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Thumbs down: Wind industry is getting a pass on wildlife deaths  

Credit:  The Herald-Dispatch | Dec. 10, 2013 | www.herald-dispatch.com ~~

There seems to be a double standard.

After years of hounding the coal industry about wildlife habitat and other environmental concerns, the Obama administration is taking a much more lenient stance with the wind-power industry.

Friday, the Interior Department said it would allow wind-farm companies to kill or injure eagles without the fear of prosecution for up to three decades. There has been a growing awareness that the huge wind-turbine blades are dangerous for birds, but a recent case against Duke Energy for killing bald and golden eagles was the first time a wind-energy company had been prosecuted under a law protecting migratory birds.

Meanwhile, federal authorities have approved a West Virginia wind farm’s habitat conservation plan, even though it acknowledges that some endangered bats would likely be killed over the next 25 years. Nationally, wind turbines destroy thousands of bats every day, according to some reports.

Wind turbines range in size, but many have a rotating diameter of 200-300 feet and reach speeds of more than 100 miles per hour. Eagles, for example, are typically looking down for food and can just fly into the blade.

Clearly, wind farms are just one of many threats to birds and bats. Power lines, motorists, pollution and a host of other forces take a greater toll every day.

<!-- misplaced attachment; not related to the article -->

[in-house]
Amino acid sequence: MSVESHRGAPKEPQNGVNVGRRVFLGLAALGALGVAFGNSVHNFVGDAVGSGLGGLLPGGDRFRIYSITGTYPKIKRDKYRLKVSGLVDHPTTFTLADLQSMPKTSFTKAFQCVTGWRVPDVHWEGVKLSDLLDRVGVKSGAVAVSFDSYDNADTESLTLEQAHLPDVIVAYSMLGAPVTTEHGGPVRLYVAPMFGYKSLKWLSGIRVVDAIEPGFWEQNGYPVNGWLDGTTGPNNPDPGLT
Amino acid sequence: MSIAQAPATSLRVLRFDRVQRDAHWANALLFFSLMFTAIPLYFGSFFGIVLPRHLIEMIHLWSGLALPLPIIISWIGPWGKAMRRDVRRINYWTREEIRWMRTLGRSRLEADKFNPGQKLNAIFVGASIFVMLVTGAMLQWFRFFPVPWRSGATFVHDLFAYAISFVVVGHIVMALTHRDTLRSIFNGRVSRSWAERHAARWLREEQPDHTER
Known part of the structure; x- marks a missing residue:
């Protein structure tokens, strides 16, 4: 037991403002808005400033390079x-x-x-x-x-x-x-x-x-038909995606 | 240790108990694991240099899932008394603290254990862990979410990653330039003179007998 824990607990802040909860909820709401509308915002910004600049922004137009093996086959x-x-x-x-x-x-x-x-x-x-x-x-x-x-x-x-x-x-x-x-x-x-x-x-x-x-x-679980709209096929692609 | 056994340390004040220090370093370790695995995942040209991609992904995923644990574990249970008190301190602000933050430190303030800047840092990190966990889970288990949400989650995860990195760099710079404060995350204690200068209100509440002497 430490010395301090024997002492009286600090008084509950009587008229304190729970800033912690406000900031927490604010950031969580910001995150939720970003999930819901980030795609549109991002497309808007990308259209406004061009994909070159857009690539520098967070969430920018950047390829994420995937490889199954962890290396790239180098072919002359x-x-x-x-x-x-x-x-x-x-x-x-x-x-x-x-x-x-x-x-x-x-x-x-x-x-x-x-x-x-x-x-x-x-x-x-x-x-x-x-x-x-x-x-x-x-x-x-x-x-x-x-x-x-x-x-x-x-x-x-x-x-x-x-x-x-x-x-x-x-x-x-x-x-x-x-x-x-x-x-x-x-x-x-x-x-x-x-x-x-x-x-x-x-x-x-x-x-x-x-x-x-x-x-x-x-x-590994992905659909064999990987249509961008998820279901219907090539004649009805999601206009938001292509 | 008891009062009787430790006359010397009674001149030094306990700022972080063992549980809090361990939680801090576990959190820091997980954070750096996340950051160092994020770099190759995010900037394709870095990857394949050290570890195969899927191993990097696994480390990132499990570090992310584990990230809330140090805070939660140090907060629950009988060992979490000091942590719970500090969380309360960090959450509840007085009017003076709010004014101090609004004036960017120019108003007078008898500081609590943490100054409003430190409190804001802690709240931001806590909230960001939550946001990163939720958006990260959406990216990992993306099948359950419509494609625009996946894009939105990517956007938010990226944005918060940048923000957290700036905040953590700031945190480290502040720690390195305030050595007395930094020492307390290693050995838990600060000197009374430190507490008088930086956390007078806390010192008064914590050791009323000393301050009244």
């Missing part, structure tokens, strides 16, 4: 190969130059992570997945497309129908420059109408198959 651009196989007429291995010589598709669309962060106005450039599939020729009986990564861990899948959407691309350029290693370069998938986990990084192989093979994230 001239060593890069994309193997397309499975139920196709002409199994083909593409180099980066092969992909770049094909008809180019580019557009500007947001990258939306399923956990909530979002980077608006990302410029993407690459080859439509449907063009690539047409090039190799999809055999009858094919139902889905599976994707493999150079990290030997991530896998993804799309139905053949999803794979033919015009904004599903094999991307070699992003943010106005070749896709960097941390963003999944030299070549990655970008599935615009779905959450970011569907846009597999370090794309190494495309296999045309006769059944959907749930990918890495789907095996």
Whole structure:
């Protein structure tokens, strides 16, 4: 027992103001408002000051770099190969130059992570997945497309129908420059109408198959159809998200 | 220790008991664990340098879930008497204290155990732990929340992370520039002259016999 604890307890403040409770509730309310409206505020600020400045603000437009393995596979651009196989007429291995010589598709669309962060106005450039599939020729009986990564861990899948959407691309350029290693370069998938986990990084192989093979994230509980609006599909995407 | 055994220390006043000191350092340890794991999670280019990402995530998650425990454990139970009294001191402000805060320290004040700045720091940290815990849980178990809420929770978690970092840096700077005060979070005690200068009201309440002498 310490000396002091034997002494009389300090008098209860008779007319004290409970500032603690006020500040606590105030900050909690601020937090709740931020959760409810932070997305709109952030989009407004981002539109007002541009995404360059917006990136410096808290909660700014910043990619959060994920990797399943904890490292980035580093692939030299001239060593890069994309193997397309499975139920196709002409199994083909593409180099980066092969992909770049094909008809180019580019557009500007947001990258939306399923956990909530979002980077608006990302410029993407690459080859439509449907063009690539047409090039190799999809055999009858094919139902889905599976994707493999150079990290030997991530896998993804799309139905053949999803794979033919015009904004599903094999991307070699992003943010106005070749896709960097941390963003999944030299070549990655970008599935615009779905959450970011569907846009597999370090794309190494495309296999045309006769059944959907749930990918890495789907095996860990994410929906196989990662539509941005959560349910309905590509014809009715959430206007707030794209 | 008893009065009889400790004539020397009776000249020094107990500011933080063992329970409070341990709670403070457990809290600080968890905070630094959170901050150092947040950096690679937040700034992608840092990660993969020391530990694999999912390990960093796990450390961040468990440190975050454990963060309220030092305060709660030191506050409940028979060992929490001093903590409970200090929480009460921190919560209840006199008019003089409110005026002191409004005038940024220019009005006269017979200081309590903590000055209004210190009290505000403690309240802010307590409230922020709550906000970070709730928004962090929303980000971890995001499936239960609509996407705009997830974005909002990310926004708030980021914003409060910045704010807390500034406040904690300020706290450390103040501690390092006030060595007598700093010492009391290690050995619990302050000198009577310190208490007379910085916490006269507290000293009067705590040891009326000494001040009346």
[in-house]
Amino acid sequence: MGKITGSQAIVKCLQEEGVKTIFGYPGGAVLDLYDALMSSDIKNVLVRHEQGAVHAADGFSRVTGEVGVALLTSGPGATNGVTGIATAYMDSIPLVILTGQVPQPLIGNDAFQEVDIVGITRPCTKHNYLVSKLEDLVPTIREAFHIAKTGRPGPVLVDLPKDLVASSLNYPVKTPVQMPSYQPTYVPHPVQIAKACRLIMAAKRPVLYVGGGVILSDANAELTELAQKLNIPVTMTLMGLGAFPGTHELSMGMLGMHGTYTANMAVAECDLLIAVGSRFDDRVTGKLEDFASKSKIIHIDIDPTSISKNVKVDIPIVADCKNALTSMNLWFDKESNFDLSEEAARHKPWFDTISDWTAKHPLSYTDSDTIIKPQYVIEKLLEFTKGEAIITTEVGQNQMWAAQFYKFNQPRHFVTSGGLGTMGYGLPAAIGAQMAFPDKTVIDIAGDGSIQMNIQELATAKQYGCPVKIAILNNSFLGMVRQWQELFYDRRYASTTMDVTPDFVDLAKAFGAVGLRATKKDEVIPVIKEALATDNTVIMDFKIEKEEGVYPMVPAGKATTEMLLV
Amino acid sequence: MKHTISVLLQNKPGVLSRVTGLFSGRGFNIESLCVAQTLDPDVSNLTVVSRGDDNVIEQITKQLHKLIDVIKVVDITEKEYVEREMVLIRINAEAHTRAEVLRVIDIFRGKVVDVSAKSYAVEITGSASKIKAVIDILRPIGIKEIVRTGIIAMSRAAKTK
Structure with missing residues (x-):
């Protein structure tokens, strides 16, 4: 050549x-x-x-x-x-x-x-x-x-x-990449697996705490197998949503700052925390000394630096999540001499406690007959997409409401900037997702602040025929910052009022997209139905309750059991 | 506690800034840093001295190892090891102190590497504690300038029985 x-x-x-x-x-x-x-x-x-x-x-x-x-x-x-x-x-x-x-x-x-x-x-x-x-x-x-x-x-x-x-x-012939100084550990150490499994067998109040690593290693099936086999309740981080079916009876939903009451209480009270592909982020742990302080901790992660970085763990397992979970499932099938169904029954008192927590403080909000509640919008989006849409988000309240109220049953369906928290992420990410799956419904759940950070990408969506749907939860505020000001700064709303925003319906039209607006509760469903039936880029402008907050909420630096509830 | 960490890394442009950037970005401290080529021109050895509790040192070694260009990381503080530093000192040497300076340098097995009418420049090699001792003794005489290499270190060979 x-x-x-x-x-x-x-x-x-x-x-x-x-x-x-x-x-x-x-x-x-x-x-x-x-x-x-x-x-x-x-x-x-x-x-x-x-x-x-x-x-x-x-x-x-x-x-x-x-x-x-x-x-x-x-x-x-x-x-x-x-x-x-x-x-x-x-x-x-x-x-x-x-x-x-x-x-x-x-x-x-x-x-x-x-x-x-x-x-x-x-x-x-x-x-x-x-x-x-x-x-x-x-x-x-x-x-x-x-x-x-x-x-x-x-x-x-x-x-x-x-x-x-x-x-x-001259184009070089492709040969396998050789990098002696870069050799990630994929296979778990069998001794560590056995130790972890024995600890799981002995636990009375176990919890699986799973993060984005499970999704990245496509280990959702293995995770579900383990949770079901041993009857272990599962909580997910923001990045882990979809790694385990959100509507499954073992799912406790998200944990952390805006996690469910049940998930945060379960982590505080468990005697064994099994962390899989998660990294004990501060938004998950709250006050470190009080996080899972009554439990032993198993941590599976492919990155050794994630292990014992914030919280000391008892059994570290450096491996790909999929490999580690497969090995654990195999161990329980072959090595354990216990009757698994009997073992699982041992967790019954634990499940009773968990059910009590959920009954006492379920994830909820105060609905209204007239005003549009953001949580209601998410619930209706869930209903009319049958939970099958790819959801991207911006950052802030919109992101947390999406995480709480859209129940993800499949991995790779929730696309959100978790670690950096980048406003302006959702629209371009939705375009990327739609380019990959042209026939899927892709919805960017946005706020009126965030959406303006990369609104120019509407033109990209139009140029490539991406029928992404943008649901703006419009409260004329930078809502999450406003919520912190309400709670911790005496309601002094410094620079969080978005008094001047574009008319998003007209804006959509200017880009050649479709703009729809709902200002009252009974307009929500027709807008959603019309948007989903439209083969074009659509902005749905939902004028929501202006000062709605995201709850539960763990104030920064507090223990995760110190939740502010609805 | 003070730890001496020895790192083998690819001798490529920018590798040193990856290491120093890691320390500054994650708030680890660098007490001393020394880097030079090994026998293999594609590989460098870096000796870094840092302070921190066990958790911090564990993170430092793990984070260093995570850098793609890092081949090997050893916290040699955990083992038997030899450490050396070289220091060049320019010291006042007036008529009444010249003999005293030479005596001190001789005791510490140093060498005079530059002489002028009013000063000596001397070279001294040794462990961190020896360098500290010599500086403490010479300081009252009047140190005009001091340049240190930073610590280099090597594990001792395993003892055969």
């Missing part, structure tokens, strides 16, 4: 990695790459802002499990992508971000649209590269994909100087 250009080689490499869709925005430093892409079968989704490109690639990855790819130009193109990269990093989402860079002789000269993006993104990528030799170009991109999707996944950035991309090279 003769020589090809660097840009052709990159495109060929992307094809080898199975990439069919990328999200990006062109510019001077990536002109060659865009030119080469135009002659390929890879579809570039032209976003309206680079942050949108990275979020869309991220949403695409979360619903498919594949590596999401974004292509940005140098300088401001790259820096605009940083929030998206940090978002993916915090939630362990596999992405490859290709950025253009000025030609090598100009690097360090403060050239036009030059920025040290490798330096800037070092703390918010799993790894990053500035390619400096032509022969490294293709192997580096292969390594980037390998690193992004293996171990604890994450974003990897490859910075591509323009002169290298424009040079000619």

But wind is still a small industry, producing only about 3.5 percent of the electrical power in the United States last year. It is difficult to estimate what the wildlife impact will be if turbines are used on a much broader scale.

There are environmental costs that come with almost every energy source, and the wind industry should not receive favorable treatment just because it has been perceived to be a “green” technology.

Source:  The Herald-Dispatch | Dec. 10, 2013 | www.herald-dispatch.com

This article is the work of the source indicated. Any opinions expressed in it are not necessarily those of National Wind Watch.

The copyright of this article resides with the author or publisher indicated. As part of its noncommercial effort to present the environmental, social, scientific, and economic issues of large-scale wind power development to a global audience seeking such information, National Wind Watch endeavors to observe “fair use” as provided for in section 107 of U.S. Copyright Law and similar “fair dealing” provisions of the copyright laws of other nations. Send requests to excerpt, general inquiries, and comments via e-mail.

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